Sunday, January 31, 2010

Why Women Fall For Cowboys

A photo essay, photos taken at The Nature Conservancy's Winchester Ranch:

Thursday, January 28, 2010

These are the Voyages

As the Earth would look from space if it were really a globe of glass with delicately-etched continents. Lucky Lane, the final frontier... Is this the world or....?

If you guessed "wine globe decanter that I got from Jody as a wedding present and that is now sitting on my wine rack but WAS sitting on top of the BluRay player on top of a 19th-century school desk in my living room," you'd be right! Otherwise, you just have no imagination. :-D

Saturday, January 23, 2010

Popo Agie Falls

Snow covers ice covers water covers frozen ground covers winter

The river runs, running, sputtering despite the chains of solid cold

Drips oozes sloshes, under the ice, you can see it shuffle by, blue in blue, bluer than sky, bluer than cold, trickling if you squint

The Falls don't fall as much as impose, silent and stiff, cracking with anticipation

of a warmer day.

Friday, January 22, 2010


It was cold, pushing zero degrees

but the sunshine and blue skies made it worth it.

Only a mile in, and we already felt completely alone, completely wild. No
more power lines or sewers or houses, just endless mountains and pine trees and snow.

The trail was marked only with idle footprints, but we knew the way.

Non Sequitur TV Confusion

On a completely non-sequitur note, I'm having trouble figuring out the method or madness behind TV/cable networks and why they show shows when they do.

For example: "Castle" is on at 10 pm EST, which translates to 9pm Central. I get that. But this also means 9pm MST, which is where I get confused. Why not 8? That would follow: 10 on the east coast, 9 in Chicago, and 8 in Denver.

Except "Burn Notice" is also on at 10 EST and 9 Central, and then 8 Mountain.

"Chuck" is on 8pm EST, 7 CST, and 7 MST. But there are several other shows that do not push as early as 7, and so though they start at 9 EST, they start at 8 here in Wyoming.

"White Collar" is on at 10 EST, 9 CST and 8 MST.

"The Daily Show" is on at 11 pm EST, and begins here in Wyoming at 9.

And I haven't a clue when things start on the west coast. Why does it bother me that there is no Time Zone Transition conformity and that they provide no explanation? Jeez.

And now you have a rundown of the TV shows I watch. Herm...

Wednesday, January 20, 2010

Cattle Ranching in Our National Parks

Grazing cows are common sights as you drive across the Great American Plains. Black, brown, dirty white beasts, long horns, short horns, even a long-haired Highland cow, if you look hard enough. Part of our American heritage is the right to homegrown steaks, fresh from the ranch.

What many of us don't think about is what the implications are for our national parks. Many of us don't even realize that there are cows, domesticated bovines, grazing on park lands. Can you imagine Old Faithful surrounded by longhorns? Cows hanging out on glaciers? Cows climbing arches?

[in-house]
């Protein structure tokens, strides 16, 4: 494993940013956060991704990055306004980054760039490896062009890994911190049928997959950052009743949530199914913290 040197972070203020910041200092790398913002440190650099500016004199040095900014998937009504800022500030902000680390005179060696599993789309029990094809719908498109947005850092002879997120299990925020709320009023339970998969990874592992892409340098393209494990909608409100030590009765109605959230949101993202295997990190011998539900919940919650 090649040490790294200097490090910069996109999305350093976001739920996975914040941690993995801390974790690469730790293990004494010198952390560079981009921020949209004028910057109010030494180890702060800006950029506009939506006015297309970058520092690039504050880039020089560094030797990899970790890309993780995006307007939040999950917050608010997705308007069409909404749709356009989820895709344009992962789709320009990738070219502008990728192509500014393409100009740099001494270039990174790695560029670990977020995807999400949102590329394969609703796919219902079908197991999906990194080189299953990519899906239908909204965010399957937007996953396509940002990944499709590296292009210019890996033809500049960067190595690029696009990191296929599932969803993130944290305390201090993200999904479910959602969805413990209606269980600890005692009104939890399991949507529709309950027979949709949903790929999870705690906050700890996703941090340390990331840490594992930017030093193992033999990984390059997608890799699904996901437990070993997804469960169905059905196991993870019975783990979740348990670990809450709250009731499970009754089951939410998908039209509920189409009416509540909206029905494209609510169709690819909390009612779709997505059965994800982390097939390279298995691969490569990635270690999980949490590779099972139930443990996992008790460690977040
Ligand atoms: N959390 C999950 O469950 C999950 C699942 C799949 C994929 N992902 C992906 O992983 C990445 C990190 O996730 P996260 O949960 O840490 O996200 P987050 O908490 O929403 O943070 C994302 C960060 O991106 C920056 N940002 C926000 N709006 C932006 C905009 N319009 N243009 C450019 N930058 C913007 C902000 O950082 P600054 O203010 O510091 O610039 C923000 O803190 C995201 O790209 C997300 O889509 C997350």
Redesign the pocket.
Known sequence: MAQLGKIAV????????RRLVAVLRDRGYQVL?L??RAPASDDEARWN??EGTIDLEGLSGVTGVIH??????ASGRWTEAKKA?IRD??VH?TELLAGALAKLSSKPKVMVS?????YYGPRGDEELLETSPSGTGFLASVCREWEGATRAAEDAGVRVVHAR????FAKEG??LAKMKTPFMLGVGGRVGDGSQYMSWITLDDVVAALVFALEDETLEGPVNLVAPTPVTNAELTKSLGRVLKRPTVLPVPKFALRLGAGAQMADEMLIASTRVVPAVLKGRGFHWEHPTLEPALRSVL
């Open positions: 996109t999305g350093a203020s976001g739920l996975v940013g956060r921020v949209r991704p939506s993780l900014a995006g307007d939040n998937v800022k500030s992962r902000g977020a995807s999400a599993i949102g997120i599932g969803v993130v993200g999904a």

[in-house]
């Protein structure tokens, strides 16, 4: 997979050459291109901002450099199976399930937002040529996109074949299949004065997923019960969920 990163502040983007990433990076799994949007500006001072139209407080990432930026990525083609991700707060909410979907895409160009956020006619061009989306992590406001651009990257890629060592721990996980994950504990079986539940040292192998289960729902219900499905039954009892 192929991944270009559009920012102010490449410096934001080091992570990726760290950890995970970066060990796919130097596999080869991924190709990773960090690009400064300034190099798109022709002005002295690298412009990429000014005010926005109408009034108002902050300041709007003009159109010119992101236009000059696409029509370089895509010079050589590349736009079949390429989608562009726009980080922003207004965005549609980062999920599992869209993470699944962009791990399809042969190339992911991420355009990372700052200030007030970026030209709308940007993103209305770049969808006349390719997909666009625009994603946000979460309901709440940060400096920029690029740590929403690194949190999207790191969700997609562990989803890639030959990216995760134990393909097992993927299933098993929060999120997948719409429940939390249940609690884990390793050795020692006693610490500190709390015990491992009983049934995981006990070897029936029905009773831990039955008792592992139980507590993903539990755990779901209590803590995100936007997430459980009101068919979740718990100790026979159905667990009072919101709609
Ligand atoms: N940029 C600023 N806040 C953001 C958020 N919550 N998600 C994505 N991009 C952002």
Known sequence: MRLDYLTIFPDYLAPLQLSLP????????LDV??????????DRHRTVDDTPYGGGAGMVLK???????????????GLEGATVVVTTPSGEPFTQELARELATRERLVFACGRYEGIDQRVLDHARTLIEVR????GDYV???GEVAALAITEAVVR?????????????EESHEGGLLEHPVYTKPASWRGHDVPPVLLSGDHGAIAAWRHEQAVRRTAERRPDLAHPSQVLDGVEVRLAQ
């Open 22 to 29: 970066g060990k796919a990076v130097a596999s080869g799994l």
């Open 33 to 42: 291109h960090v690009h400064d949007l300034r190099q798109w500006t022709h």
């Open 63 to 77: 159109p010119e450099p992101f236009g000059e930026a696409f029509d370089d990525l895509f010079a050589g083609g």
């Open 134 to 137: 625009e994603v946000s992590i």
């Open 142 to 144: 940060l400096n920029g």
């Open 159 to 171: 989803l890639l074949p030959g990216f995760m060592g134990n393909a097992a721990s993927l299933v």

It's not quite that dramatic, but it exists, nonetheless. And there are many sides to the story. On one side, ranchers who lease land from the federal government and insist that they, too, have a right to be there. One another side, many conservationists who insist that cattle have no place in national parks, that parks are places for the natural world, that cattle ranching is what the BLM and Forest Service are for. And in the middle, biologists for the Park Service, running test after test and getting answer after conflicting answer as to whether ranching does or does not adversely affect natural systems in parks.

But do they have a place? In some ways, they do. Ranchers in Point Reyes National Seashore have been there for generations, and some of the families have gotten together to argue for their status as "traditionally associated" to the park, a protection usually reserved for Native Americans. Basque people who used herd sheep in and around Great Basin National Park enjoy and impromptu (though not official) status as "traditionally associated," though they no longer ranch in the park. Should those people, many of whom have been there for 100 or more years, be ignored? Other parks simply benefit from the additional revenue, without which many forgotten parks could not operate due to the enormous NPS budget deficit. Should those parks eliminate ranching and financially stagnate?

The Nature Conservancy, at the Red Canyon Ranch outside of Lander, WY, are attempting to find a peaceable solution. On their property, they attempt to raise and graze cattle in a sustainable manner, taking into consideration ecological and economic concerns. On one hand of the argument is the idea that national parks are for nature, which includes the wolves, mountain lions and grizzly bears that could prey on cows, and therefore cows have no place in parks. Another side of the argument rightly points out that 200 years ago, North American was almost overrun with bison. Since then, we have managed to kill off most of them, with small herds existing in Yellowstone/Grand Teton, Great Sand Dunes, and various other national and state parks and on private farms. Bison were a major part of the ecology of North America, and since their mass slaughter, great herds of grazers no longer maintain a healthy environment. Some scientists believe that it is possible to imitate the historic, and biologically significant, migration patterns of bison with herds of cattle, that cows can restore the plains that were left fallow when the bison were virtually killed off. This would, in all probability, involve a reorganizing of the cattle industry, smaller herds on larger tracts of land with greater rotations, but could it otherwise be feasible? Is there a way to make it work? Or will cattle ranching and the National Park Service mutually exclusive operations?